And lastly; Hold fast against the idea that blogs are ‘disappearing’. I love Instagram and will happily participate in that arena, but I do love the combination of long form ideas, imagery and inspiration that I feel only blogs can bring. I truly believe that the blog is the heart of the creative movement online, especially in sewing. Social Media is a wonderful tool to connect, but will never replace blogs for me. Either by reading posts about a pattern I plan to make or just by discovering the new makes of the talented people I follow, blogs remain my favourite place to be. So I will do my part to keep reading, engaging and writing content.

DIY Calendar and thoughts for 2016 // Boots & Cats

There you have em! And as the new year requires, I’ve once again crafted my own calendar. Modeled pretty much exactly after last year’s calendar (details here), I found myself pleased that I tried more detailed illustrations, and noticed a growth in my abilities. It was fun to look at what I previously made, and expand upon it, change it and basically do whatever I wanted with it.

Improving my illustration skills has been one of my long term goals for a while now and it’s cool to see it paying off. I even let myself draw many of the designs freehand, ON THE GOOD PAPER. Not one bit (okay a tiny bit) afraid to ruin the whole thing. I just went for it. I was so proud of myself.

I have so many fun sewing projects in store for the next few months, and I am SO EXCITED. I can’t wait to share them with you.

Have a beautiful wintry week!

Creative Gift Wrapping // Fabric Scrap Ribbons

Creative gift wrapping with fabric // Boots & Cats

Aside from finding the perfect gift for someone, wrapping those gifts is my absolute favourite thing about the holidays. Even from a young age I was all about matching paper to ribbons (and I ALWAYS preferred ribbons over those stick-on bows) and trying to make my gifts the most beautiful ones under the tree. It got to the point where I often wished I had more people to buy gifts for, solely on the fact that it would mean I would have more presents to wrap.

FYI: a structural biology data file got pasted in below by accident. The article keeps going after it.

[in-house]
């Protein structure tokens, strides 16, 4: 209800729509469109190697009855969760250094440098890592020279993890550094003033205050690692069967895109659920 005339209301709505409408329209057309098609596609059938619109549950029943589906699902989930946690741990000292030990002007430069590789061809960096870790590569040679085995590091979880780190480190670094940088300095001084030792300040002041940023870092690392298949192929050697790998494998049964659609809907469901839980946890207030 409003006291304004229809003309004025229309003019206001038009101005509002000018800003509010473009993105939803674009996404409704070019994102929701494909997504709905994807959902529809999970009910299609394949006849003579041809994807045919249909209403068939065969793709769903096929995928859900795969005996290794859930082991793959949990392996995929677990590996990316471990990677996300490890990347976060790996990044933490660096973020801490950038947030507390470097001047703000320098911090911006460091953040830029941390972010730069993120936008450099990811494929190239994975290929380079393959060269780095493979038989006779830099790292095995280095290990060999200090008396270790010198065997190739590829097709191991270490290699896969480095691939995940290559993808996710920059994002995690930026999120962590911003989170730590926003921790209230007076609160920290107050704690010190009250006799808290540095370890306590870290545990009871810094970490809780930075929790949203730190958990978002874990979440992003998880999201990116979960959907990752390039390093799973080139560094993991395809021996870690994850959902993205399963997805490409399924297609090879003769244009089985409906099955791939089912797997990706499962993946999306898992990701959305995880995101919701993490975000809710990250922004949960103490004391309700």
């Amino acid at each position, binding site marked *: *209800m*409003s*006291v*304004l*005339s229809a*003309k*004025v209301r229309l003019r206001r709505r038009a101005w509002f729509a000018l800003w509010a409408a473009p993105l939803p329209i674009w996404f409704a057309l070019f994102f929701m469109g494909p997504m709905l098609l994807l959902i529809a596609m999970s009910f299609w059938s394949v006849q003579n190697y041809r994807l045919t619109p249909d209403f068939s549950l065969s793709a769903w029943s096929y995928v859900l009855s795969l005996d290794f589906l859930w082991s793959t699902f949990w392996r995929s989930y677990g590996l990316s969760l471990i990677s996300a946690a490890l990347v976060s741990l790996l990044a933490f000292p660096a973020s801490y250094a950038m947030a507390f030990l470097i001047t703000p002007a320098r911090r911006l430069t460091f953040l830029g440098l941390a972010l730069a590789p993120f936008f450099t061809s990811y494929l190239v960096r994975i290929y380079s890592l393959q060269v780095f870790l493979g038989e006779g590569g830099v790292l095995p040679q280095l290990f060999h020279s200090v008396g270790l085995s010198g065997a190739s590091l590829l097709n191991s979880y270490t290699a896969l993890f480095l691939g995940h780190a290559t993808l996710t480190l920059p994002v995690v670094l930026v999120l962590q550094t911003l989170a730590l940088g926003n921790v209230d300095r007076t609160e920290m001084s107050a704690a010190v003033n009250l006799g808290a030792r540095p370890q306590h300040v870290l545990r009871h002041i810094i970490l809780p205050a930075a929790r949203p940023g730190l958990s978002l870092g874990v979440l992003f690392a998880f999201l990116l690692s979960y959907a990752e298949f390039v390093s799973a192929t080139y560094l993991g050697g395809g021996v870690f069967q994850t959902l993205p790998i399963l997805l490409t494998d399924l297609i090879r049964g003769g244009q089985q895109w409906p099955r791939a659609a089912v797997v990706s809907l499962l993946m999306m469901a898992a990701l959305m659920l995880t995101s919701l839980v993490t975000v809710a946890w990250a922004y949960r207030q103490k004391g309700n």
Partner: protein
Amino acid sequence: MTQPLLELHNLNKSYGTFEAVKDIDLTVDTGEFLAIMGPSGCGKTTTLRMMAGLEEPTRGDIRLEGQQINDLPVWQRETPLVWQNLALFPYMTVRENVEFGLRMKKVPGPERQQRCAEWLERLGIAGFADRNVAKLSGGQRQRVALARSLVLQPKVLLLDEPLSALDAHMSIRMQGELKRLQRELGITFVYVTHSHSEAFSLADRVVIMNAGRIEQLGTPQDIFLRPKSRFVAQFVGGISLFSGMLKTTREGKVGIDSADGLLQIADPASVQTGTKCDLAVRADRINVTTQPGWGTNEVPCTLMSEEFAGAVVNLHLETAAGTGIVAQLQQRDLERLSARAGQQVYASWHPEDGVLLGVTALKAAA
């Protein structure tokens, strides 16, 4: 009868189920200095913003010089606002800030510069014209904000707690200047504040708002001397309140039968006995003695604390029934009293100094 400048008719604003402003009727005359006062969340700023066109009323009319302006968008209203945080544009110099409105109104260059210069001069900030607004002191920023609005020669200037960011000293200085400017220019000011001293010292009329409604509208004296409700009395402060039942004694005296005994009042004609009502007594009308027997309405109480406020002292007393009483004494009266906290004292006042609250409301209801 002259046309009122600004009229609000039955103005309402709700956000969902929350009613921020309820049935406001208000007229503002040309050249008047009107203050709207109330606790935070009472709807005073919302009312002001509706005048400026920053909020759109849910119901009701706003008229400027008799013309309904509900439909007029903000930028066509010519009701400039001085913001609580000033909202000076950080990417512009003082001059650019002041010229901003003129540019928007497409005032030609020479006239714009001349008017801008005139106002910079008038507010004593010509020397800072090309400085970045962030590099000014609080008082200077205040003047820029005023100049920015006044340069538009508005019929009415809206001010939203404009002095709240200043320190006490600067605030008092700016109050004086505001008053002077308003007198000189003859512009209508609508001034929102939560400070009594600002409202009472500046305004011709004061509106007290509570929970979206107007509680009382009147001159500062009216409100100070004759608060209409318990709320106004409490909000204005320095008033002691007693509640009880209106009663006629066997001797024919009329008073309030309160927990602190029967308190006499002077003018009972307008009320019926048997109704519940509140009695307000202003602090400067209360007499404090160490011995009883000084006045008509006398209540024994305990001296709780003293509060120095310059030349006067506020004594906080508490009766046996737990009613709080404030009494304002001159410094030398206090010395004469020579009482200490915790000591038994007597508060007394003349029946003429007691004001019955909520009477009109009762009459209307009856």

As Pinterest entered my life I became aware of a gift wrap world beyond shiny printed snowman paper and curling ribbons. I saw stunning glittered gifts, simple plain paper, baubles, florals and more. To say the gift wrap obsession increased may be an understatement. I began wrapping gifts in classic dotted kraft paper wrap, tied with twine and topped with jingle bells. And last year created my own stamped paper patterns.


This year, in the midst of tackling my overzealous stash of basically useless fabric scraps, I was inspired to utilize what I already had and make some fabric ribbons.

Perfect for seamstresses who have offcut hems, homemade bias-tape gone wrong, selvage trims and other long strips of fabric, this gift wrap inspiration is for you! If you are sewing gifts for people, use the scraps of that project as the ribbon! It’s a subtle hint of what awaits inside.